This page has been validated.



velopes in which the letters came, so that I may compare the handwriting with that of the mail which comes to him. If any arrives with writing resembling the anonymous script, I'll keep it and tear it up . . ."

But no such letter appeared. A short time after this, however, Villela commenced to grow grave, speaking very little, as if something weighed upon his mind. Rita hurried to communicate the change to her lover, and they discussed the matter earnestly. Her opinion was that Camillo should renew his visits to their home, and sound her husband; it might be that Villela would confide to him some business worry. With this Camillo disagreed; to appear after so many months was to confirm the suspicions and denunciations of the anonymous letters. It was better to be very careful, to give each other up for several weeks. They arranged means for communicating with each other in case of necessity and separated, in tears.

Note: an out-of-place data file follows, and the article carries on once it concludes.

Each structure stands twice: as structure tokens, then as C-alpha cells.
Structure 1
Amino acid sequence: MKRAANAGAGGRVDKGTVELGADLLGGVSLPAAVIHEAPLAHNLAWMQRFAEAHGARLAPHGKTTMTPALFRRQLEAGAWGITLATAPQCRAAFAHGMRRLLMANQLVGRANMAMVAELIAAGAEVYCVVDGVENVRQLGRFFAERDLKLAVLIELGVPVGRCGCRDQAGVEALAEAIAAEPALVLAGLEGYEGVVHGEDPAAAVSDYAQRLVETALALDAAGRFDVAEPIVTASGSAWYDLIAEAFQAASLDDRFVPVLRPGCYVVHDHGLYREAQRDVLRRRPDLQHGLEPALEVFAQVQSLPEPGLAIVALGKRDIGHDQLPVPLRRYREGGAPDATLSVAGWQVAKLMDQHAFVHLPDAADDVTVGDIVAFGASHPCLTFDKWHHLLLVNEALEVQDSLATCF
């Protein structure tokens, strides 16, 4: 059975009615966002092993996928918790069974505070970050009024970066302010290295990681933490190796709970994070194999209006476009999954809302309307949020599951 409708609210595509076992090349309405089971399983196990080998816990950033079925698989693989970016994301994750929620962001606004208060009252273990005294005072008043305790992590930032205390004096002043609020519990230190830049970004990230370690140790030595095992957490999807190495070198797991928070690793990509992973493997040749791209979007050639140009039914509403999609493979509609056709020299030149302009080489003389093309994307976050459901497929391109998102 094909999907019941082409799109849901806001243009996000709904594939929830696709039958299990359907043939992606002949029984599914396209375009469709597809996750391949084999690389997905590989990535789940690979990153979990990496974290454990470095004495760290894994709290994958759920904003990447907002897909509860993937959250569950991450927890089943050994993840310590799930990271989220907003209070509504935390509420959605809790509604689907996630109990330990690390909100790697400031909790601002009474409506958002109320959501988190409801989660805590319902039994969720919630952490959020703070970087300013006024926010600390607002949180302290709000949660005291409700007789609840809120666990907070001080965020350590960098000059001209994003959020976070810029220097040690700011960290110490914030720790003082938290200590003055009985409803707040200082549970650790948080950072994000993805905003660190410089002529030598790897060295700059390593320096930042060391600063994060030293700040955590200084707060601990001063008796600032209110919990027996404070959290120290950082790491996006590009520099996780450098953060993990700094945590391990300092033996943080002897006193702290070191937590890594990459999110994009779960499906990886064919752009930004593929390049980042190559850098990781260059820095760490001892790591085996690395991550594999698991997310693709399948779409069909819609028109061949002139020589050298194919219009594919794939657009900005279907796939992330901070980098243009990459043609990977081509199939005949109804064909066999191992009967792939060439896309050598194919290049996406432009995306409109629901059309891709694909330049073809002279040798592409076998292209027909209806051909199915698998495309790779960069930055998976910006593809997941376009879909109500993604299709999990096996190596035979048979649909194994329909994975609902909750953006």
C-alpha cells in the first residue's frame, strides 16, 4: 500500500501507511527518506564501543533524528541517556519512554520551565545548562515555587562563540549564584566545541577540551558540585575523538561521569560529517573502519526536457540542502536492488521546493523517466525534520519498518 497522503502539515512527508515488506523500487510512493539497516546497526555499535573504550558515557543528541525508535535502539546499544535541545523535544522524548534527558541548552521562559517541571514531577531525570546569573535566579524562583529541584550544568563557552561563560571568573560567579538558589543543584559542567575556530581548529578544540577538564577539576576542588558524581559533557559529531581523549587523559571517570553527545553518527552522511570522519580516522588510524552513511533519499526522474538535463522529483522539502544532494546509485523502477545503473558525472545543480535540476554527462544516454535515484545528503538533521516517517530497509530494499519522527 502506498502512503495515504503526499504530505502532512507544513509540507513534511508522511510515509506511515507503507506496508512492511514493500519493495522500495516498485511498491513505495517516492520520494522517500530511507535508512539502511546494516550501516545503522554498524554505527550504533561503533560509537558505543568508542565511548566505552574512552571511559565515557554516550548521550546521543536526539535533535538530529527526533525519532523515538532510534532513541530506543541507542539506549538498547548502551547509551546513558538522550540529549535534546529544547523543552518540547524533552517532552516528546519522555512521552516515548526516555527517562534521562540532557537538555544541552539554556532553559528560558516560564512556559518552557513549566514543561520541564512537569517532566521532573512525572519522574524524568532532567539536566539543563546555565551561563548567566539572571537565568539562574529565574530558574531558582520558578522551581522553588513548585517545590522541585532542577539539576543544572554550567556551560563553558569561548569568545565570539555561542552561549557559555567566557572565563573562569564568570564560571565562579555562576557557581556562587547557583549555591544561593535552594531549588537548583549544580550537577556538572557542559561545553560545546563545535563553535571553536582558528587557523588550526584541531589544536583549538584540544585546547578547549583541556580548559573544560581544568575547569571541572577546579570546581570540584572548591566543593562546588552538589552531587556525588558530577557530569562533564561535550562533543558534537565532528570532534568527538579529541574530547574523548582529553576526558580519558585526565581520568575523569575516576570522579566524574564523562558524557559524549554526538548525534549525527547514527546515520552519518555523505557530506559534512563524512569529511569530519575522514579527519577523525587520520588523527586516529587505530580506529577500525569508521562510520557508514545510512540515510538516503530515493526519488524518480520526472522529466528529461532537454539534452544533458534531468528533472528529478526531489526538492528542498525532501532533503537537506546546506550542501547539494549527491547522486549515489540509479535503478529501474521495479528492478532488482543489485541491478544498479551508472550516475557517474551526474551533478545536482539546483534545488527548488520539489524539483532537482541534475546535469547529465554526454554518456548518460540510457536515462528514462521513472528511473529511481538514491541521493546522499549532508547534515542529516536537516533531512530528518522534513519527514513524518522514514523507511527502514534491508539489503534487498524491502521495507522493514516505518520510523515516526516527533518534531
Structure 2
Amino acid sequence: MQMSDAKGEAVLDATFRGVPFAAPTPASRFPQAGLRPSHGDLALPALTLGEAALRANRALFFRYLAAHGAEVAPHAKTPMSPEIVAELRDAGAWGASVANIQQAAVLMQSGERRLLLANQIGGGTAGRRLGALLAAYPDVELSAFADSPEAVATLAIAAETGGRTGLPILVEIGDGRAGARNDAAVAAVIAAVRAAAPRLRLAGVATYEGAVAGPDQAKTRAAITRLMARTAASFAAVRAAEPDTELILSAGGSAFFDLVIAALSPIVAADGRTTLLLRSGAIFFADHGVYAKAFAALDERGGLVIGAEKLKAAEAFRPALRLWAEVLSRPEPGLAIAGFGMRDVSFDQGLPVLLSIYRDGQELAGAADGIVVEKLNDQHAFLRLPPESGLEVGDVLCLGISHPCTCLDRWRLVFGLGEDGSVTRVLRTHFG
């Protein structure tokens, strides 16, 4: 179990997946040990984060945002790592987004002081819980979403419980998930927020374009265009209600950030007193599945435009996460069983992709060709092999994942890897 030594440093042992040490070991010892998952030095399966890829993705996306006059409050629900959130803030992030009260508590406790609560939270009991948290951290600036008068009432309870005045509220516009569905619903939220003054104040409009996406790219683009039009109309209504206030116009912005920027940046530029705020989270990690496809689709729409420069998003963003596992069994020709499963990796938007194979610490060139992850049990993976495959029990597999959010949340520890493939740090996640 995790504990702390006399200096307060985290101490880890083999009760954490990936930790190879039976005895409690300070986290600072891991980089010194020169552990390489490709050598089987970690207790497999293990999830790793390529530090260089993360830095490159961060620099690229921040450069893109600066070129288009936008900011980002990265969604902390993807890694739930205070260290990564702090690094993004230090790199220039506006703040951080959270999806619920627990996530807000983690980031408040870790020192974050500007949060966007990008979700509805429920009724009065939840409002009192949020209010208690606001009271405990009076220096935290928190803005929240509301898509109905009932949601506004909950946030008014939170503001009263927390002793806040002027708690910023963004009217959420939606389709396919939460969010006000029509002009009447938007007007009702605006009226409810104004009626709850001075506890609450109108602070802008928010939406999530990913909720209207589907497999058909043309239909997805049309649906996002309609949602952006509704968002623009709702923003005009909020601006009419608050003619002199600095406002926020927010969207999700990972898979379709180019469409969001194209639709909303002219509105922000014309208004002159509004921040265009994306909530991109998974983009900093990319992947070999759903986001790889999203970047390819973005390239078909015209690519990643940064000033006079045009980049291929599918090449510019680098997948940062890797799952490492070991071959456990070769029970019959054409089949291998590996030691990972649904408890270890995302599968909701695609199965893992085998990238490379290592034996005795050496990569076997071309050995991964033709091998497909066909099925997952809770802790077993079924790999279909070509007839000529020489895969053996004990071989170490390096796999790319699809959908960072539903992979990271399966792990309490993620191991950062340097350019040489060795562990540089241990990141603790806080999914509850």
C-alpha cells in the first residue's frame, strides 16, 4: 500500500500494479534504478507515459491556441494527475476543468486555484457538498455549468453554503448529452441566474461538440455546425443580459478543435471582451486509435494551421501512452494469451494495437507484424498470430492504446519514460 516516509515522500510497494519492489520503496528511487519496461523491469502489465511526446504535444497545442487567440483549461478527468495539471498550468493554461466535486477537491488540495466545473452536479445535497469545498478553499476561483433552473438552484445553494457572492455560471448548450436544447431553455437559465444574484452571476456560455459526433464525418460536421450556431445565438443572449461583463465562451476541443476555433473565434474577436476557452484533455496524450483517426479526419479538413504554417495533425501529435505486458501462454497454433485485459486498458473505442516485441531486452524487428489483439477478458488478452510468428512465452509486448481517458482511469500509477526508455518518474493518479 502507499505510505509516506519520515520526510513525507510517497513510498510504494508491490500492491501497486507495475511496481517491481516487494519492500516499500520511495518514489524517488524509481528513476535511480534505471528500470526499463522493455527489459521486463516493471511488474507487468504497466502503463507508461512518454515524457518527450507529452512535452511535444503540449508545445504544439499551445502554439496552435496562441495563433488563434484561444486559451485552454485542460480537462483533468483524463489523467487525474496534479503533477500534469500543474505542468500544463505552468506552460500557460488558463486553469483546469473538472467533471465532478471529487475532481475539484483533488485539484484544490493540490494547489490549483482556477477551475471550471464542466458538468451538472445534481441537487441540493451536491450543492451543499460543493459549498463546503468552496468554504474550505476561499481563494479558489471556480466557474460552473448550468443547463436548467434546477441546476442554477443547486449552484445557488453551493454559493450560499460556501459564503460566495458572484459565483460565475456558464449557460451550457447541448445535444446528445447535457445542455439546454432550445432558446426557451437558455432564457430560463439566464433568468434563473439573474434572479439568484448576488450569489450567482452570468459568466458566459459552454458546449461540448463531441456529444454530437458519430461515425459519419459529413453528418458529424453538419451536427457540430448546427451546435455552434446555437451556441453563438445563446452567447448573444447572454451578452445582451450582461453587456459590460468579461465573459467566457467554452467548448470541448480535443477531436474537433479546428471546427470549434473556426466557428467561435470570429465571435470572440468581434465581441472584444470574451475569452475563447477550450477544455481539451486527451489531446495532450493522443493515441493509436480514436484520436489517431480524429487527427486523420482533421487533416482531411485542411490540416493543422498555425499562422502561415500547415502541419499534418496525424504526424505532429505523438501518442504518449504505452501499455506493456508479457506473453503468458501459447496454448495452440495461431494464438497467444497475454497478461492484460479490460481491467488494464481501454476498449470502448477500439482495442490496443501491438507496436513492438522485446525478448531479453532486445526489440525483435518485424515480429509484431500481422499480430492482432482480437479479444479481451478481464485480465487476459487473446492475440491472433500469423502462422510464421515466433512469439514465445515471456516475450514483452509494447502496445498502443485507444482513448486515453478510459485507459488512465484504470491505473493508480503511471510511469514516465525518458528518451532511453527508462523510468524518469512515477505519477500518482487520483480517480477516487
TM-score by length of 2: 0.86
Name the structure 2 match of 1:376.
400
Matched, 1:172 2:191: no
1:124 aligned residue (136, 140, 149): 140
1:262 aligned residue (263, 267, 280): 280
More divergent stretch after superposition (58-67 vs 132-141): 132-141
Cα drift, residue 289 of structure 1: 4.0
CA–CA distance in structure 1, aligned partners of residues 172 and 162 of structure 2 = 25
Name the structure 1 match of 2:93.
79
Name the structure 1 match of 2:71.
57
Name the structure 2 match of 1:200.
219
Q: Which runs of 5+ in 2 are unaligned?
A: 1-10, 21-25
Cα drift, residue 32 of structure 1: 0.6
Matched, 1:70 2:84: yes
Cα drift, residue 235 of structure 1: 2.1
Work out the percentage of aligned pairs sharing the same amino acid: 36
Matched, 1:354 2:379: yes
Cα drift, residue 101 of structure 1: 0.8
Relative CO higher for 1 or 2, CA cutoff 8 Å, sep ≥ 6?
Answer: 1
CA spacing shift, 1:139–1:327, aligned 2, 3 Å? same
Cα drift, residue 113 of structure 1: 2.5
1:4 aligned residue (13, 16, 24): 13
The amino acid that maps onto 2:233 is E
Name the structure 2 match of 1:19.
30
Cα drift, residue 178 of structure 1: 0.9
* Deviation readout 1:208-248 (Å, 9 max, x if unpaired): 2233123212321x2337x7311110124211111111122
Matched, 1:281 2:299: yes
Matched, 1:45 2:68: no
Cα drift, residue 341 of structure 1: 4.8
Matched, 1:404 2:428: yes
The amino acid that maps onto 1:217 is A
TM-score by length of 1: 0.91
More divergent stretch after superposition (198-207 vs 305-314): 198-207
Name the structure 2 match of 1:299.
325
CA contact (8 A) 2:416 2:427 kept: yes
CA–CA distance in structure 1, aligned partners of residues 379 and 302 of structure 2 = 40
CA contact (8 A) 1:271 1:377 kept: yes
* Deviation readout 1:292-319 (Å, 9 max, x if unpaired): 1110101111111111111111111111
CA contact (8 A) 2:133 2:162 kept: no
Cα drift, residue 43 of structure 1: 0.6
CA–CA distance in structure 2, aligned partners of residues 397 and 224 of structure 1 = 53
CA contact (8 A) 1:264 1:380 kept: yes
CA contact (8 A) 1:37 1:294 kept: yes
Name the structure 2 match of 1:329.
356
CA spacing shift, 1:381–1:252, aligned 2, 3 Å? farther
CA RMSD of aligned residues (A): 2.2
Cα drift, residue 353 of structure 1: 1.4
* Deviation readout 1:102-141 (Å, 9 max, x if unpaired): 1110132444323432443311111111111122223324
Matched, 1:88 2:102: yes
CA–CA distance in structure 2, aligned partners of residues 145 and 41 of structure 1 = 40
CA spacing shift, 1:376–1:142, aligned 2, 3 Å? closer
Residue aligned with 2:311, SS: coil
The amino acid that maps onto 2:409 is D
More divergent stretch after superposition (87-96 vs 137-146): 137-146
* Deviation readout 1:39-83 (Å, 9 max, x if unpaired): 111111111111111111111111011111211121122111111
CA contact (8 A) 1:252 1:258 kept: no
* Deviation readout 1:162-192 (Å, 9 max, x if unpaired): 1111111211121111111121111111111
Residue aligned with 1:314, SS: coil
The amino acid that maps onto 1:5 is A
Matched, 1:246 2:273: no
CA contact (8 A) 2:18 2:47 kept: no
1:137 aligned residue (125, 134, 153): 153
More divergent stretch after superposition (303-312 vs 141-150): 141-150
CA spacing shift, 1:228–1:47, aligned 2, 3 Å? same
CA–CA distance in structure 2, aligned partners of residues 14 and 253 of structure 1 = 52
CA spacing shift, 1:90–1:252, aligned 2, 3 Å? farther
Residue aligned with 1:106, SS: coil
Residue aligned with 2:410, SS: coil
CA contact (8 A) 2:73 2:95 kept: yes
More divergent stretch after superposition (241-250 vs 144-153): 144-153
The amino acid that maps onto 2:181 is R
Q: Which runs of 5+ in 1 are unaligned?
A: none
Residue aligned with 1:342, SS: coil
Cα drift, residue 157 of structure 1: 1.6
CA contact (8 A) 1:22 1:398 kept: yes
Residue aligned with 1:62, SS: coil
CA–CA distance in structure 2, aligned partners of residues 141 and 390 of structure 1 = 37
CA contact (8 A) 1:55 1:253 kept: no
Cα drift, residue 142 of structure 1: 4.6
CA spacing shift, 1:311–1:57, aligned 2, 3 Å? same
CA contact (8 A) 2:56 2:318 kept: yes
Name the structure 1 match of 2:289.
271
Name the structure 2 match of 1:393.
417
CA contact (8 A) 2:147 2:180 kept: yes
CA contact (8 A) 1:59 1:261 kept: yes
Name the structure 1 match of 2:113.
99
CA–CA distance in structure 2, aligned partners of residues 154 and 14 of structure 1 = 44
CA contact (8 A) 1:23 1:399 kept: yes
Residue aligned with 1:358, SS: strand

On the following day Camillo received at his department this letter from Villela: "Come immediately to our house; I must talk to you without delay." It was past noon. Camillo left at once; as he reached the street it occurred to him that it would have been much more natural for Villela to have